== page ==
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Take nothing for granted about volunteering

26 October 2021

Professor Peter Beresford, OBE


Today, 26th October, I chaired a panel for an online seminar about Volunteering and Ideology, which was co-hosted by the Institute for Volunteering Research and Shaping our Lives. Panellists were Michael Ashe, Ruth Leonard, Becki Meakin and Chris Millora


If there was one single message that came out of this workshop, it was: take nothing for granted about volunteering


Volunteering can be good. Volunteering can be bad. It can be empowering and disempowering. It can be excluding and participatory. All will depend on how you practise it, how you organise it, how you understand and define it, and crucially the values that underpin it. 


Values are at the heart of volunteering and that’s perhaps why today’s focus on ideology and volunteering prompted such a broad, fresh and constructive discussion, which as one panellist said, needs to be taken into local communities globally, to make possible different inclusive conversations. Conversations that must start with the lived experience, ideas and understandings of the people who make up the overlapping groups of volunteers and their potential beneficiaries. 


We were reminded that we live in heavily neoliberal times where paid work has been made one of the gods of our lives. It’s perhaps understandable, therefore, if volunteering has been recast in the image of such employment and thought about in Human Relations (HR) terms, with volunteers increasingly seen as part of a work force, but not given equal value. To pursue this understanding would be a big mistake and tie us to the kind of narrow economistic approach that volunteering itself really encourages us to move beyond.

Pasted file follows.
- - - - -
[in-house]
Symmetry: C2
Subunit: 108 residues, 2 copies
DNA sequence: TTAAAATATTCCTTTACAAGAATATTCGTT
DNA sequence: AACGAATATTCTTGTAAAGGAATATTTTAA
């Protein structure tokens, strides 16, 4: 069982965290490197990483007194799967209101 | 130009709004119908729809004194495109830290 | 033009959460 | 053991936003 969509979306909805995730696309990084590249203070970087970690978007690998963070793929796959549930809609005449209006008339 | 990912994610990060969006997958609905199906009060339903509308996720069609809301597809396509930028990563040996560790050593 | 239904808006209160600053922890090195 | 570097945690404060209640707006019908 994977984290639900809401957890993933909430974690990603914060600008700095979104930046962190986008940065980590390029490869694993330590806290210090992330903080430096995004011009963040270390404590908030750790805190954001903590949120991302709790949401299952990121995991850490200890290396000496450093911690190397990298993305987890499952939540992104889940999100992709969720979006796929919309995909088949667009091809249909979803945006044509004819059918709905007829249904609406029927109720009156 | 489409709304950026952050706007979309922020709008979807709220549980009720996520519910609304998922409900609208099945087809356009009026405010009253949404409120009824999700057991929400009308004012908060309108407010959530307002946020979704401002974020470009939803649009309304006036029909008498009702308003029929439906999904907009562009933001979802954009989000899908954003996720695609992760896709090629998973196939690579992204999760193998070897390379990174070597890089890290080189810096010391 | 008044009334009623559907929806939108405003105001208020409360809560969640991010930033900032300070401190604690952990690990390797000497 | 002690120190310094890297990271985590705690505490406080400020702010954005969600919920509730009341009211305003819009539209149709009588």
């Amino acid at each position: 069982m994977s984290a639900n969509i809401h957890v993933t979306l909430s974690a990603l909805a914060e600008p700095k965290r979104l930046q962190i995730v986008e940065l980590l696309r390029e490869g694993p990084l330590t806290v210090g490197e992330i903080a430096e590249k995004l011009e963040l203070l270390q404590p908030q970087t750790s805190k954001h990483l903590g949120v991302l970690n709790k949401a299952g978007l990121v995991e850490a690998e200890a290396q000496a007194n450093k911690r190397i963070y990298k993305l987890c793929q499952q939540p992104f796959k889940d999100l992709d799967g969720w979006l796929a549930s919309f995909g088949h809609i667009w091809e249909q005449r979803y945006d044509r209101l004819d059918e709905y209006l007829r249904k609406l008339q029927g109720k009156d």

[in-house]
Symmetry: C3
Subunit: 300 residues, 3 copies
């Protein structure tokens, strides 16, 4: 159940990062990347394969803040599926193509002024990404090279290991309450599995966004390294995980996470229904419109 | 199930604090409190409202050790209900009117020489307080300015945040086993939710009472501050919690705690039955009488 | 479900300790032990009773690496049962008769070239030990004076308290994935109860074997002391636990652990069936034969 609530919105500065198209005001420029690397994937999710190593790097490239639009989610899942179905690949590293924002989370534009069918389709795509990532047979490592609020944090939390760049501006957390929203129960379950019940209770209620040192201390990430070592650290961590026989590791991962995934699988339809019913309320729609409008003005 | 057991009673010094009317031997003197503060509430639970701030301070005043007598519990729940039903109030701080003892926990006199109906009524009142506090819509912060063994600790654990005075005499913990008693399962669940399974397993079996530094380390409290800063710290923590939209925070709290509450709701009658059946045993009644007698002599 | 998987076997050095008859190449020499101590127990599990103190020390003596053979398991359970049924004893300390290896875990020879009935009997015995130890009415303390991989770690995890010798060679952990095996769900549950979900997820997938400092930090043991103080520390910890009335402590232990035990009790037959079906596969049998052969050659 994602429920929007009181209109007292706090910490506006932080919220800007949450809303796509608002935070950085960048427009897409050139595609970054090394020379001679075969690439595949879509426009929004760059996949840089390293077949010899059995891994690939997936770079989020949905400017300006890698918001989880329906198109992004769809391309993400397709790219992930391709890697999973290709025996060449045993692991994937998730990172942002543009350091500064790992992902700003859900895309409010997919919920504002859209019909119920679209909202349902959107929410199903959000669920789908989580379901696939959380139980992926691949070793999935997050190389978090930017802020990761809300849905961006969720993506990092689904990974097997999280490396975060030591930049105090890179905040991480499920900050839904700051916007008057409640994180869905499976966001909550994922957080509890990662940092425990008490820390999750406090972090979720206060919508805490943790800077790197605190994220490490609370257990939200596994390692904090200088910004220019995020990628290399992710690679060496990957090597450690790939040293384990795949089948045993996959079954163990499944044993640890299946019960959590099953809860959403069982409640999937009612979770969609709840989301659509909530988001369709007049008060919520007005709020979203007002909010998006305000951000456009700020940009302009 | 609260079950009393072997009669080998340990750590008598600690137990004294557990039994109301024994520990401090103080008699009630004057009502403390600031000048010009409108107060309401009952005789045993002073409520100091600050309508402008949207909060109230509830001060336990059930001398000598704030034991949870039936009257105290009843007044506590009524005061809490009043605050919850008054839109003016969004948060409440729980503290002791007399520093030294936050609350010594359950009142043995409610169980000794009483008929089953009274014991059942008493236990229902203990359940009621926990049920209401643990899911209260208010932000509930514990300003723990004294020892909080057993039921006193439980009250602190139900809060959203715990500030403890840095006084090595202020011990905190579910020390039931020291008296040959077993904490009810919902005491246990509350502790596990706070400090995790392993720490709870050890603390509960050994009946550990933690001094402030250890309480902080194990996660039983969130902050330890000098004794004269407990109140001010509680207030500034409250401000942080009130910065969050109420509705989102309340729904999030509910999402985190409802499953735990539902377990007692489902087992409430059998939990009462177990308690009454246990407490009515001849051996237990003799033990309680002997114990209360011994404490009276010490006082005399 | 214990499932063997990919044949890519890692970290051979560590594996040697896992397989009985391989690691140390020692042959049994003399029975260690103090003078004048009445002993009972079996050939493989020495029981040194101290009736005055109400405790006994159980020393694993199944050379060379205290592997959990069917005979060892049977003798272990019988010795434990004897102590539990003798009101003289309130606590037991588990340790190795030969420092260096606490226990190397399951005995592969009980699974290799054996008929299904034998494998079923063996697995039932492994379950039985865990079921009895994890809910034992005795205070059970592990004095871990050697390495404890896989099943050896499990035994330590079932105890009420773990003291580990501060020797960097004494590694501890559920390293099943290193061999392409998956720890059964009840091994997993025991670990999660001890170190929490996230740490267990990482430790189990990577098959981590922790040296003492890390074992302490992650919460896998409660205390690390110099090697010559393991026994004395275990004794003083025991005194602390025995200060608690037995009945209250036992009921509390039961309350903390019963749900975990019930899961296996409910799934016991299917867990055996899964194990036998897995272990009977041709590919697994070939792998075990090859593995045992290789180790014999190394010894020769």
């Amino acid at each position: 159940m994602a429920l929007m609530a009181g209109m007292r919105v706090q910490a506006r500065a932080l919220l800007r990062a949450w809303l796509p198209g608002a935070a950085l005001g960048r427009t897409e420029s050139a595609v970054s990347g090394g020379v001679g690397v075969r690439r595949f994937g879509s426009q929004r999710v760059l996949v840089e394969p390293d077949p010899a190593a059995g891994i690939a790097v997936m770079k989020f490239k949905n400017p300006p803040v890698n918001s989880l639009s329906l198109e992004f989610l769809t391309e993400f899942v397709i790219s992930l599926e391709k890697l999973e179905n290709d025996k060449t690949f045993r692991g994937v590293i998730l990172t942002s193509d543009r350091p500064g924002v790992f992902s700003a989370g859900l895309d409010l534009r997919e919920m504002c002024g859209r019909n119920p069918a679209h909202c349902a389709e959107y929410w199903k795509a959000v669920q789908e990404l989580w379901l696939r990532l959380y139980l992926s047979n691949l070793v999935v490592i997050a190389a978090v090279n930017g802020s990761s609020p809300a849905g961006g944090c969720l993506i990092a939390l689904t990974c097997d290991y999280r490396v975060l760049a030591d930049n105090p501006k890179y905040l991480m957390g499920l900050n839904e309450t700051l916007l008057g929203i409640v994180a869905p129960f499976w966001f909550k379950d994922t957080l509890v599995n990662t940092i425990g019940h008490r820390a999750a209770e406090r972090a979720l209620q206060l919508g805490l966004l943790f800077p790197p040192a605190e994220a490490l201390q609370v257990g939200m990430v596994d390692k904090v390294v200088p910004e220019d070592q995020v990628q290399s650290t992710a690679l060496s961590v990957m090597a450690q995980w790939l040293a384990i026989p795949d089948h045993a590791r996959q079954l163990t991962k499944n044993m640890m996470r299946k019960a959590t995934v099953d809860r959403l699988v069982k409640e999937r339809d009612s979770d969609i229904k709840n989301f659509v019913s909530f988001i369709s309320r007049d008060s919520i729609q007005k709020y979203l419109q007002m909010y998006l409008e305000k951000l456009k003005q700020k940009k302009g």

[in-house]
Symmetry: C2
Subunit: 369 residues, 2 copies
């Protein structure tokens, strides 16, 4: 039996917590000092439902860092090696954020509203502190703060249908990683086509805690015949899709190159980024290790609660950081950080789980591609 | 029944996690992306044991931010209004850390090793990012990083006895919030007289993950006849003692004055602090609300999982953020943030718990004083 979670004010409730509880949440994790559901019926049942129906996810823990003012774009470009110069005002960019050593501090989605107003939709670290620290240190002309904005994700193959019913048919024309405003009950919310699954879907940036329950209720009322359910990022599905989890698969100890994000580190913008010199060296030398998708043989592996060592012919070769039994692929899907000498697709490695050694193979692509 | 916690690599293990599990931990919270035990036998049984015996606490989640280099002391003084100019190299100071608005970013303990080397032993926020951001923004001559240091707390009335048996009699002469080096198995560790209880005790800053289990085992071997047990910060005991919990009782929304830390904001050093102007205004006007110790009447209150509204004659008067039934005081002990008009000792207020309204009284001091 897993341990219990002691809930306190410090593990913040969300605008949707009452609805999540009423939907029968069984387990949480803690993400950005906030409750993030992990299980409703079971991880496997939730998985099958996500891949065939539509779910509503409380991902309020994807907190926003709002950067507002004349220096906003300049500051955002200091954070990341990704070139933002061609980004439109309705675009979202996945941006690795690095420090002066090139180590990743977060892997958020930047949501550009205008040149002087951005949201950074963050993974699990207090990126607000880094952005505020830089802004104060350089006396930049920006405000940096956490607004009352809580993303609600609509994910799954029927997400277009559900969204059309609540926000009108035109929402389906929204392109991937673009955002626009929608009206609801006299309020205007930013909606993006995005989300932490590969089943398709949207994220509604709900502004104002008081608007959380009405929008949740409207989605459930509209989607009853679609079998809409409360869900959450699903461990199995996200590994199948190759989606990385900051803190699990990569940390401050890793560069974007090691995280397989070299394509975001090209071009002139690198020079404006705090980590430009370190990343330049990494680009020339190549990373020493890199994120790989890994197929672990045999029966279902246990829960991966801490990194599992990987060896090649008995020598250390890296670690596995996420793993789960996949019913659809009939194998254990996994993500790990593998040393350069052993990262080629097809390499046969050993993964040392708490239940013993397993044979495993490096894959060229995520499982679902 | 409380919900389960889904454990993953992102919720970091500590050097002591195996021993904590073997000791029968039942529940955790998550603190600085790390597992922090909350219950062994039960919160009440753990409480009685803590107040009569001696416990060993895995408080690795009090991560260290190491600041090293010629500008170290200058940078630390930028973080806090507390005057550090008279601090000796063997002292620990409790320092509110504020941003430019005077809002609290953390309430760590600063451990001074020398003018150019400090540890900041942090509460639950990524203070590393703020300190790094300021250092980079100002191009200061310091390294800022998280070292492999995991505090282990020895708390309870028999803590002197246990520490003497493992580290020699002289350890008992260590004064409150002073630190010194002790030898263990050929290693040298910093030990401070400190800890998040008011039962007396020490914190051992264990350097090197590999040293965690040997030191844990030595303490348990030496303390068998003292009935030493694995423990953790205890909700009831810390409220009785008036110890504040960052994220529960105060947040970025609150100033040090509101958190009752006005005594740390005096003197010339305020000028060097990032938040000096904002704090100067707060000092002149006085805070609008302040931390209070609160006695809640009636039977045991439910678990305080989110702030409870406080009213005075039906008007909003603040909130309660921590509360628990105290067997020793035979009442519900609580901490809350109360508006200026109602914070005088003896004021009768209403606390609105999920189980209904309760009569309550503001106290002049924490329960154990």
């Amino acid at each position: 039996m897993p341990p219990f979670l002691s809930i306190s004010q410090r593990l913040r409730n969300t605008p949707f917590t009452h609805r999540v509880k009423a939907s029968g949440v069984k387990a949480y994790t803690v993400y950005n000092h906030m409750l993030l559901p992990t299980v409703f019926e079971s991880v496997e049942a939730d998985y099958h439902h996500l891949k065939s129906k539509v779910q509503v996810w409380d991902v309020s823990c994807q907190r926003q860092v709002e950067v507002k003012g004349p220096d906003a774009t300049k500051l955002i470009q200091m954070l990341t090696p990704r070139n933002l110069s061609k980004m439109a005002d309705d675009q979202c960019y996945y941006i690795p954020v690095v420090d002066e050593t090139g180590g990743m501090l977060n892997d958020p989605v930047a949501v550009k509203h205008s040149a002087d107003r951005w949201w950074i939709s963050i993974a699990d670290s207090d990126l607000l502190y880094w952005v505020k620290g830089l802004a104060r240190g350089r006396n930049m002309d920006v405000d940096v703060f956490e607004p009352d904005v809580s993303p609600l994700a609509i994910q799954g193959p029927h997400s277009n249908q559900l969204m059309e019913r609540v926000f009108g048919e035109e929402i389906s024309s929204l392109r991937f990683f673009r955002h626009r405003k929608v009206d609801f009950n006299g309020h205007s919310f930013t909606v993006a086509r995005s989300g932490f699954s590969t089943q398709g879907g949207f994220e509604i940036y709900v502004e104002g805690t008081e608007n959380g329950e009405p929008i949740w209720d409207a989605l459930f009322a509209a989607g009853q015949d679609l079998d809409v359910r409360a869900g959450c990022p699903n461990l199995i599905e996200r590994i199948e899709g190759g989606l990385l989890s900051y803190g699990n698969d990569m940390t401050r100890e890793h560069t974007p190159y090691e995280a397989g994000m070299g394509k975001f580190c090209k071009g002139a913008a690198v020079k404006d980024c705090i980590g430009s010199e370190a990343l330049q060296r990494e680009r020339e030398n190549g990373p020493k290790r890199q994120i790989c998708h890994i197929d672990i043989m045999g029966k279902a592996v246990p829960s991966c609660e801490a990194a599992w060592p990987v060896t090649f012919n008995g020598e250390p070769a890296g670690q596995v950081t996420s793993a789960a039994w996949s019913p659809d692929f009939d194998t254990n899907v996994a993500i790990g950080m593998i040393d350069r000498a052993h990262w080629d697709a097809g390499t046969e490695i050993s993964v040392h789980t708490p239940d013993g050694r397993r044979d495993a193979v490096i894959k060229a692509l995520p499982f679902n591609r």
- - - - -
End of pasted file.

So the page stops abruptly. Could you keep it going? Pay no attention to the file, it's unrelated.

We heard from the panellist from the Global South, that volunteering has historically often been a way of maintaining inequalities, divisions and the dominance of the Global North, but that it can be exactly the opposite. It can move from being a way of setting up subsidiary safety net services to a means of building solidarity, people working out what they want and campaigning for it. A similar message came from the director of a volunteer centre in London who had his own experience of living on benefits and being ‘unemployed’, emphasizing the importance of building on people’s experiential knowledge and desire for something different for their own and other people’s lives. 


We heard from the user involvement lead at Shaping Our Lives, the national user led organisation, that there are still too many barriers restricting disabled people from becoming volunteers and contributing their world views on equal terms. Again this links with a benefit system more concerned with forcing people into paid work, any paid work, than securing all our rights and needs and maximising our opportunities for learning and skill development, which volunteering can also significantly offer. 


One panellist said that Ideology is not a commonplace word for her. It’s not one many people feel familiar or comfortable with. It’s also one that ruling politicians sometimes use to criticise any expression of challenge or opposition. But values and recognising the value base of volunteering are essentially about the same thing as this high-falutin term, ideology. The breadth and originality of comments and questions from participants at the event emphasised how overdue just such a discussion, making the connections, is and how important it is to build on it for the future.


The opening statements of the panellists are available to view.

Let us know what you think by emailing info.ivr@uea.ac.uk

And here is a link to Peter’s new book about Participatory Ideology: From exclusion to involvement.

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